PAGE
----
Eight Kansas City, Mo.-based hospitals and emergency departments had to refuse ambulances the night of Oct. 14 because they hit capacity, according to the Kansas City Star.
“We’re bursting at the seams in the metropolitan area, and really across the state and the region,” Marc Larsen, MD, emergency physician and operations director of the COVID response team at Kansas City-based Saint Luke’s Health System, told the Kansas City Star.
Two of the eight hospitals were part of the Saint Luke’s system, a hospital spokesperson told the publication, but did not identify the other medical centers.
As of 1 p.m. Oct. 15, five hospitals were still diverting ambulances for patients who weren’t in critical condition, Dr. Larsen said.
Saint Luke’s Health System had more than 100 COVID-19 patients Oct. 13, a record number. In May and June, the hospital system averaged 15 virus patients a day, increasing to 50 in July and August. In the first two weeks of October, the system averaged 85 patients a day, according to Dr. Larsen. The organization is transforming some preoperative and recovery rooms into intensive care units as COVID-19 patient volume rises.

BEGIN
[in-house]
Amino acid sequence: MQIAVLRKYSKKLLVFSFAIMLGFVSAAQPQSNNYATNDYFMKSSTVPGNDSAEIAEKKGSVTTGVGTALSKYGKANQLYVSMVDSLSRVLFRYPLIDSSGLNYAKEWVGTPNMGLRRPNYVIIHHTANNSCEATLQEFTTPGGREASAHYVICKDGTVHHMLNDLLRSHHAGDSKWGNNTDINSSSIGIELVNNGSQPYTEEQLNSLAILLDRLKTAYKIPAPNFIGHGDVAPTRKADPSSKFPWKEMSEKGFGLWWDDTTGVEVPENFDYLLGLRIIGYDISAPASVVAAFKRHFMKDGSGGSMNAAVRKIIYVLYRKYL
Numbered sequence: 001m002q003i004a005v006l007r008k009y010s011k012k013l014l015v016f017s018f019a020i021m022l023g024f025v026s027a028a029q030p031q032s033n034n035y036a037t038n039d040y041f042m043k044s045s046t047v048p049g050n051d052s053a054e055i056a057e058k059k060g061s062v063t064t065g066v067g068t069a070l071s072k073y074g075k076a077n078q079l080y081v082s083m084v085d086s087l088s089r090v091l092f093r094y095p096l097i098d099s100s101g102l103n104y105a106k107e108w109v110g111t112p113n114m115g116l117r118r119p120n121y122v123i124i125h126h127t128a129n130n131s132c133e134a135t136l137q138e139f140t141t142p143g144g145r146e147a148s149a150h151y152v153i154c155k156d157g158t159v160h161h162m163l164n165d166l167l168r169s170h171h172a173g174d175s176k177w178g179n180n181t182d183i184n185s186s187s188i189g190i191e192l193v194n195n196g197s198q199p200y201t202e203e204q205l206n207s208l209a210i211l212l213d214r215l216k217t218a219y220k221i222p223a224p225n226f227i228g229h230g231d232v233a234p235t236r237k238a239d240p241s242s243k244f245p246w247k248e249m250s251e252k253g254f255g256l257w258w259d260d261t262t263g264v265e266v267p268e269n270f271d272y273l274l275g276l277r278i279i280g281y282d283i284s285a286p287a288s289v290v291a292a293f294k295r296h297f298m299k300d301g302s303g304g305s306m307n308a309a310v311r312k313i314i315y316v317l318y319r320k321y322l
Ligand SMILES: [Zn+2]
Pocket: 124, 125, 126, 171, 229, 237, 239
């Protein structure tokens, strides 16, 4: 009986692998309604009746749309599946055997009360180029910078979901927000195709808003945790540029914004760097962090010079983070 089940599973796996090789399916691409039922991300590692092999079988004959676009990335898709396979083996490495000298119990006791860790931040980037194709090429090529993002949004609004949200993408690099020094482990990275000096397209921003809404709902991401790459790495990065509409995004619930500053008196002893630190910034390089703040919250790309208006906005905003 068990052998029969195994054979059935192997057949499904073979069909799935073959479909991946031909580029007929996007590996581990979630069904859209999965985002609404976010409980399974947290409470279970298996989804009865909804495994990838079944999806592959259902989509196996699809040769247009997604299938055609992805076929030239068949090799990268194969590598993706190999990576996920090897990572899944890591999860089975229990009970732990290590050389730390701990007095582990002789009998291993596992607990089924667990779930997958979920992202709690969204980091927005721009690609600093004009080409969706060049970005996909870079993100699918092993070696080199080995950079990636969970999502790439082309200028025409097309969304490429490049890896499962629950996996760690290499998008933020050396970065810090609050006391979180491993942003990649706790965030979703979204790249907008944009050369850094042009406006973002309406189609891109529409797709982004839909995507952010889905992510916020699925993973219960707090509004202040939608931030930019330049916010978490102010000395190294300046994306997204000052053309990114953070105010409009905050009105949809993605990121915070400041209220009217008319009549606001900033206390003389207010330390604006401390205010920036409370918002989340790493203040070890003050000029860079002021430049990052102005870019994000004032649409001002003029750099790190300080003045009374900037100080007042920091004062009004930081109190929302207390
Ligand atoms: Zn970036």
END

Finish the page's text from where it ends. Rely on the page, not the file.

“I worry that if we don’t start taking this seriously as a metropolitan area, we’re going to be the next New York,” Dr. Larsen said. “We’re going to be the next hot spot, because though we have a lot of hospitals, we have a lot of capacity in the area, we are filling up fast.”
“Statewide hospitalizations continued to eclipse previous records,” according to a Missouri Hospital Association newsletter sent earlier in the week. Pittsburg, Kan.-based Ascension Via Christi Hospital said Oct. 14 it was pausing elective and nonemergent procedures because of capacity concerns.
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